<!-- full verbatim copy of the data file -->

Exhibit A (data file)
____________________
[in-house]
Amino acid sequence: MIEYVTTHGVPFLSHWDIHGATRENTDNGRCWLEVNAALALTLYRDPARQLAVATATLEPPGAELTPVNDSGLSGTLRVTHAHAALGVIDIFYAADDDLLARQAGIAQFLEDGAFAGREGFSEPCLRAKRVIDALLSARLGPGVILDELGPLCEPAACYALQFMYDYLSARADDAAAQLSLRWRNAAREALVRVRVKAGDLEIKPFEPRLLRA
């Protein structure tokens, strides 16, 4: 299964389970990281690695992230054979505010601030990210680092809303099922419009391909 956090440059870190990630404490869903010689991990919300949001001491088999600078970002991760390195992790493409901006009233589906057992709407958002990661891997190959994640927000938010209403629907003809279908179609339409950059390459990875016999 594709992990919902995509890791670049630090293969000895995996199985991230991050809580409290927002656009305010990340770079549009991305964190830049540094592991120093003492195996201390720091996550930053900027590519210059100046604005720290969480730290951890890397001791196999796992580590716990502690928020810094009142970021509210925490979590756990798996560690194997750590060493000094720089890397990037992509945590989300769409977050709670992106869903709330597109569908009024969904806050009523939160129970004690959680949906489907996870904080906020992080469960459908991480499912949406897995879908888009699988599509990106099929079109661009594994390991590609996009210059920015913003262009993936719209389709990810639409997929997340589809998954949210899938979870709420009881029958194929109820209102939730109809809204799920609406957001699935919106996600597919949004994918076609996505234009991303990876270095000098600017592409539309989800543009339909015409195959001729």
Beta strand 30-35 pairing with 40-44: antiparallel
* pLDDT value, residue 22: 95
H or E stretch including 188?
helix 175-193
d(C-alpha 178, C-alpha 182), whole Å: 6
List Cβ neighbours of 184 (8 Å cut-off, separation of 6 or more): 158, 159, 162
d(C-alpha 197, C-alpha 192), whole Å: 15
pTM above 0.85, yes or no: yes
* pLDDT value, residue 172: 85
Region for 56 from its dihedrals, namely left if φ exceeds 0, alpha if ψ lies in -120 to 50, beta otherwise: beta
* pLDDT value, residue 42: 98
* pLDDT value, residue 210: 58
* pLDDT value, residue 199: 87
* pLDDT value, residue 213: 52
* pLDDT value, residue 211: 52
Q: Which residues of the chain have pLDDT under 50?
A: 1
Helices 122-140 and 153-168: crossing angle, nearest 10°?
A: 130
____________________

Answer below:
[in-house]
Amino acid sequence: MIEYVTTHGVPFLSHWDIHGATRENTDNGRCWLEVNAALALTLYRDPARQLAVATATLEPPGAELTPVNDSGLSGTLRVTHAHAALGVIDIFYAADDDLLARQAGIAQFLEDGAFAGREGFSEPCLRAKRVIDALLSARLGPGVILDELGPLCEPAACYALQFMYDYLSARADDAAAQLSLRWRNAAREALVRVRVKAGDLEIKPFEPRLLRA
């Protein structure tokens, strides 16, 4: 299964389970990281690695992230054979505010601030990210680092809303099922419009391909 956090440059870190990630404490869903010689991990919300949001001491088999600078970002991760390195992790493409901006009233589906057992709407958002990661891997190959994640927000938010209403629907003809279908179609339409950059390459990875016999 594709992990919902995509890791670049630090293969000895995996199985991230991050809580409290927002656009305010990340770079549009991305964190830049540094592991120093003492195996201390720091996550930053900027590519210059100046604005720290969480730290951890890397001791196999796992580590716990502690928020810094009142970021509210925490979590756990798996560690194997750590060493000094720089890397990037992509945590989300769409977050709670992106869903709330597109569908009024969904806050009523939160129970004690959680949906489907996870904080906020992080469960459908991480499912949406897995879908888009699988599509990106099929079109661009594994390991590609996009210059920015913003262009993936719209389709990810639409997929997340589809998954949210899938979870709420009881029958194929109820209102939730109809809204799920609406957001699935919106996600597919949004994918076609996505234009991303990876270095000098600017592409539309989800543009339909015409195959001729």
Beta strand 30-35 pairing with 40-44: antiparallel
* pLDDT value, residue 22: 95
H or E stretch including 188?
helix 175-193
d(C-alpha 178, C-alpha 182), whole Å: 6
List Cβ neighbours of 184 (8 Å cut-off, separation of 6 or more): 158, 159, 162
d(C-alpha 197, C-alpha 192), whole Å: 15
pTM above 0.85, yes or no: yes
* pLDDT value, residue 172: 85
Region for 56 from its dihedrals, namely left if φ exceeds 0, alpha if ψ lies in -120 to 50, beta otherwise: beta
* pLDDT value, residue 42: 98
* pLDDT value, residue 210: 58
* pLDDT value, residue 199: 87
* pLDDT value, residue 213: 52
* pLDDT value, residue 211: 52
Q: Which residues of the chain have pLDDT under 50?
A: 1
Helices 122-140 and 153-168: crossing angle, nearest 10°?
A: 130